Protection against money laundering

Managing director of DSR Tax Claims David Redfern offers his advice on how to protect your retail business from money laundering

10 May, 19

Managing director of DSR Tax Claims David Redfern offers his advice on how to protect your retail business from money laundering

Protection against money laundering 1

 

Legislation against money laundering was strengthened with the introduction of the Money Laundering, Terrorist Financing and Transfer of Funds (Information on the Payer) Regulations 2017.

It placed additional emphasis on performing due diligence on potential clients.

It isn’t just businesses within the accountancy sector which can be vulnerable to being targeted for money-laundering activities, those within the estate agency, property and legal sectors are also at risk of facilitating the laundering of the proceeds of crime and funding terrorist activity.

Small businesses and sole traders are particularly vulnerable due to their size and potential for their anti-money laundering procedures to be less vigorous but ignorance of the law is very rarely a valid defence.

 Money laundering includes concealing, converting or disguising the proceeds or crime, or assisting others to do so, including funds which are used to finance terrorist activity.

It is a key requirement to put a solid anti-money laundering procedure in place for your business. Until that procedure is in place, the business will always be at risk of high-risk clients slipping through the net.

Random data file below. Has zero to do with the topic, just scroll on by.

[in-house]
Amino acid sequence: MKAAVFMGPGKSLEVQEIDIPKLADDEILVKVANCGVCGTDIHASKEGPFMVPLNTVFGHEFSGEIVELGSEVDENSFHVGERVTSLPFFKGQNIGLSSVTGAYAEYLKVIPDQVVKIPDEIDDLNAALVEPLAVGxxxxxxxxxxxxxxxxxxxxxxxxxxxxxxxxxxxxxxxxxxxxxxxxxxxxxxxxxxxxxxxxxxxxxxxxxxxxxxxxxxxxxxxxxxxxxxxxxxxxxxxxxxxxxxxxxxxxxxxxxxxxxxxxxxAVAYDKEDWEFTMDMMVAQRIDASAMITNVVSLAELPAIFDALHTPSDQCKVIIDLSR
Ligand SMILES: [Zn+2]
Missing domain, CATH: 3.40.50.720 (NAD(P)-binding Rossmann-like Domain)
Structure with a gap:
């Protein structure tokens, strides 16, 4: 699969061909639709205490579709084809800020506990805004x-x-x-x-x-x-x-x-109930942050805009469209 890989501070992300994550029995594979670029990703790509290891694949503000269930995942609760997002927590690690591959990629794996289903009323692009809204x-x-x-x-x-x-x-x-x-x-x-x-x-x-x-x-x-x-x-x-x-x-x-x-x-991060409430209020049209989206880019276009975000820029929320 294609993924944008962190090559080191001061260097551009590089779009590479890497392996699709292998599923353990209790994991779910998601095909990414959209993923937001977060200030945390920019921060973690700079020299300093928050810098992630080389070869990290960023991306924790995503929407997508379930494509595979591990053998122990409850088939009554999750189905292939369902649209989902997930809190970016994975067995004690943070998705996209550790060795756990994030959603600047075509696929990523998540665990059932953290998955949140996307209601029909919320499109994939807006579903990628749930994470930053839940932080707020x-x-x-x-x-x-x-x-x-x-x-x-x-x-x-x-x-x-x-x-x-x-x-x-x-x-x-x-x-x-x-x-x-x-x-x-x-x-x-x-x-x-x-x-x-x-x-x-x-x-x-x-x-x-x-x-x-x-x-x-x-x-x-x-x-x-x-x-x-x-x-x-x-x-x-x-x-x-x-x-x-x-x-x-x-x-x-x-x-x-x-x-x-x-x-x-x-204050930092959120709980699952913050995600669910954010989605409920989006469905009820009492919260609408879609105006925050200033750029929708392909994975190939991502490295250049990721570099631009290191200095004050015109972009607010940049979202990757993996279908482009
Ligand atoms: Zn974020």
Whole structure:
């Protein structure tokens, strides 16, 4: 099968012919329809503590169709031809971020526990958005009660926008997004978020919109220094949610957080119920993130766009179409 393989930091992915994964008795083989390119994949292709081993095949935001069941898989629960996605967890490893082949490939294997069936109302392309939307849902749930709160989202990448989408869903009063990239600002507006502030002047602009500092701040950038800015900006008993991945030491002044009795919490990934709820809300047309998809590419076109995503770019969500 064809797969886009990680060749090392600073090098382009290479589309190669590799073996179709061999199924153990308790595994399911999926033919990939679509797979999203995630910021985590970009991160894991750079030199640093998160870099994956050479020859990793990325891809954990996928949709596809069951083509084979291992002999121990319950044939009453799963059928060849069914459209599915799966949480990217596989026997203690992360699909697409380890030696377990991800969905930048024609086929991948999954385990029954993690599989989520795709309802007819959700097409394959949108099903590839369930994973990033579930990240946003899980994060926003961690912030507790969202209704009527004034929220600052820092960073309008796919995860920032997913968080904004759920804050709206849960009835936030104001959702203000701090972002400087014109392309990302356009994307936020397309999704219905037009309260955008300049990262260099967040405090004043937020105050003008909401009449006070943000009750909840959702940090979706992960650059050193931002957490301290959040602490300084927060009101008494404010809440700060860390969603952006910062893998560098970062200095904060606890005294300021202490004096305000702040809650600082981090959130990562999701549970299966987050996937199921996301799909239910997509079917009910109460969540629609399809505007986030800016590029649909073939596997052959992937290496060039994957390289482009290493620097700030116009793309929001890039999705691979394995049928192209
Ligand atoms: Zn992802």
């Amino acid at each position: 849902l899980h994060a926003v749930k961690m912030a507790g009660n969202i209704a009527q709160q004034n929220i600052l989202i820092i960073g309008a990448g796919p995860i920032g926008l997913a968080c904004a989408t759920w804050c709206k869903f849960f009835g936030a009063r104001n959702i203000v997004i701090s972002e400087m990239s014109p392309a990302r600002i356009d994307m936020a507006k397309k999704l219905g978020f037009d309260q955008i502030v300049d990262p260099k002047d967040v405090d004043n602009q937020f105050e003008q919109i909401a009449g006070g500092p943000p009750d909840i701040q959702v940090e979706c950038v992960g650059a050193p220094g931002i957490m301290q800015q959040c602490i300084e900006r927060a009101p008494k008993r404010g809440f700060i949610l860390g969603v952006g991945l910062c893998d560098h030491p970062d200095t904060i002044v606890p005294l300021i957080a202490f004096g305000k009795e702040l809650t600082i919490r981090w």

Create a procedure

Your procedure should include designating a dedicated person to be responsible for maintaining and updating your anti-money laundering policy, a thorough risk assessment for your firm and your potential clients, as well as a solid policy of due diligence towards your potential clients.

Where is the potential risk to your firm? Where are the holes in your due diligence that could allow a high-risk client to slip under the radar?

A dedicated member of your organisation responsible for maintaining and upholding your anti-money laundering procedure is an essential first step to protecting your business.

A comprehensive risk assessment of the small business or sole trader’s activities is the next step.

Identifying the areas where your business is vulnerable to those who would wish to launder illegal proceeds is essential in protecting against them.

Does your company deal with clients from high-risk jurisdictions?

Do you deal with clients who could be described as politically exposed persons (PEPs)?

Are you likely to encounter clients with sources of income, which they cannot explain?

Identifying the areas where your business might be at risk is a crucial step in ensuring your business is secure.  

Politically exposed persons are individuals who have been entrusted with a prominent public position, making them more vulnerable than most to the possibility they could be involved in activities such as bribery or embezzlement.

Toughen due diligence

The 2017 legislation makes it clear that you have a legal responsibility to make sure that your clients are who they say they are, including clients which are companies or organisations as well as individual clients.

The onus is on you to ensure that you have performed rigorous identity checks on your clientele and potential clientele.

and if you have any knowledge or suspicion that their income is criminal in origin or will be used to finance terrorist activity, you are bound by law to report your suspicions to the National Crime Agency.

Businesses can face action when they are shown not to be complying with regulations, even where there is no evidence that they have been involved in money-laundering. 

In the past three years, HMRC has recovered over £31 million under the proceeds of Proceeds of Crime Act.

Read more on how to protect your business from cyber crime.